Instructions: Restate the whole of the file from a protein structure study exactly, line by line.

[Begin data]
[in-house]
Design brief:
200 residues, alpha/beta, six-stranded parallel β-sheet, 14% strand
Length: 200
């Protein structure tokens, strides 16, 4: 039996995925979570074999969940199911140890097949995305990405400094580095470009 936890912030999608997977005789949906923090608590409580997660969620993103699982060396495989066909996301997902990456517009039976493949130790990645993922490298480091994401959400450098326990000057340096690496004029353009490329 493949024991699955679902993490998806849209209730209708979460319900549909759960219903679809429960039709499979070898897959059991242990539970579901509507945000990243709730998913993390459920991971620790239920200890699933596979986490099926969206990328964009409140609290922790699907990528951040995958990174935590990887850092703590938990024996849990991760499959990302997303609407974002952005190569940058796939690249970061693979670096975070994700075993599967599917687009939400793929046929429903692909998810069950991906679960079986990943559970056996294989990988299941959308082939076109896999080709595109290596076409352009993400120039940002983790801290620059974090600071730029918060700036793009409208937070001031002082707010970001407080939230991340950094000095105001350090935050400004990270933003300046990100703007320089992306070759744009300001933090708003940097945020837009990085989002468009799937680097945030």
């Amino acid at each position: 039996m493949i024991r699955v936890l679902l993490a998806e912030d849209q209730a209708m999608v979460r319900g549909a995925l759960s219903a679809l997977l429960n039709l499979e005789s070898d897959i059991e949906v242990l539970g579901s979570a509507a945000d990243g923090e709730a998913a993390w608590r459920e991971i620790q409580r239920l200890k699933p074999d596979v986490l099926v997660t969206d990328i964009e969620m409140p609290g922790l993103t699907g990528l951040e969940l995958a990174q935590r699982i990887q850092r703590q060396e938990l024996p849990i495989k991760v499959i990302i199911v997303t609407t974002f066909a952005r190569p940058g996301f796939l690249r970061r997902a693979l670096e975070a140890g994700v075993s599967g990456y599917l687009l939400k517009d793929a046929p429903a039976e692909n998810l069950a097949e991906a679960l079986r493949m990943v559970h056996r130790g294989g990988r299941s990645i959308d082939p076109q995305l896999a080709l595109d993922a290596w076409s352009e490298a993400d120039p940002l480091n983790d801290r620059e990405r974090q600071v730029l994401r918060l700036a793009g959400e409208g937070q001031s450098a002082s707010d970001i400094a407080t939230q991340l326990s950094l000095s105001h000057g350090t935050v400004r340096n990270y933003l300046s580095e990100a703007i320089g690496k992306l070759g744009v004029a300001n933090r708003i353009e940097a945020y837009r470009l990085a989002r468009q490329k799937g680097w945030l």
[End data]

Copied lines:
[in-house]
Design brief:
200 residues, alpha/beta, six-stranded parallel β-sheet, 14% strand
Length: 200
């Protein structure tokens, strides 16, 4: 039996995925979570074999969940199911140890097949995305990405400094580095470009 936890912030999608997977005789949906923090608590409580997660969620993103699982060396495989066909996301997902990456517009039976493949130790990645993922490298480091994401959400450098326990000057340096690496004029353009490329 493949024991699955679902993490998806849209209730209708979460319900549909759960219903679809429960039709499979070898897959059991242990539970579901509507945000990243709730998913993390459920991971620790239920200890699933596979986490099926969206990328964009409140609290922790699907990528951040995958990174935590990887850092703590938990024996849990991760499959990302997303609407974002952005190569940058796939690249970061693979670096975070994700075993599967599917687009939400793929046929429903692909998810069950991906679960079986990943559970056996294989990988299941959308082939076109896999080709595109290596076409352009993400120039940002983790801290620059974090600071730029918060700036793009409208937070001031002082707010970001407080939230991340950094000095105001350090935050400004990270933003300046990100703007320089992306070759744009300001933090708003940097945020837009990085989002468009799937680097945030």
């Amino acid at each position: 039996m493949i024991r699955v936890l679902l993490a998806e912030d849209q209730a209708m999608v979460r319900g549909a995925l759960s219903a679809l997977l429960n039709l499979e005789s070898d897959i059991e949906v242990l539970g579901s979570a509507a945000d990243g923090e709730a998913a993390w608590r459920e991971i620790q409580r239920l200890k699933p074999d596979v986490l099926v997660t969206d990328i964009e969620m409140p609290g922790l993103t699907g990528l951040e969940l995958a990174q935590r699982i990887q850092r703590q060396e938990l024996p849990i495989k991760v499959i990302i199911v997303t609407t974002f066909a952005r190569p940058g996301f796939l690249r970061r997902a693979l670096e975070a140890g994700v075993s599967g990456y599917l687009l939400k517009d793929a046929p429903a039976e692909n998810l069950a097949e991906a679960l079986r493949m990943v559970h056996r130790g294989g990988r299941s990645i959308d082939p076109q995305l896999a080709l595109d993922a290596w076409s352009e490298a993400d120039p940002l480091n983790d801290r620059e990405r974090q600071v730029l994401r918060l700036a793009g959400e409208g937070q001031s450098a002082s707010d970001i400094a407080t939230q991340l326990s950094l000095s105001h000057g350090t935050v400004r340096n990270y933003l300046s580095e990100a703007i320089g690496k992306l070759g744009v004029a300001n933090r708003i353009e940097a945020y837009r470009l990085a989002r468009q490329k799937g680097w945030l």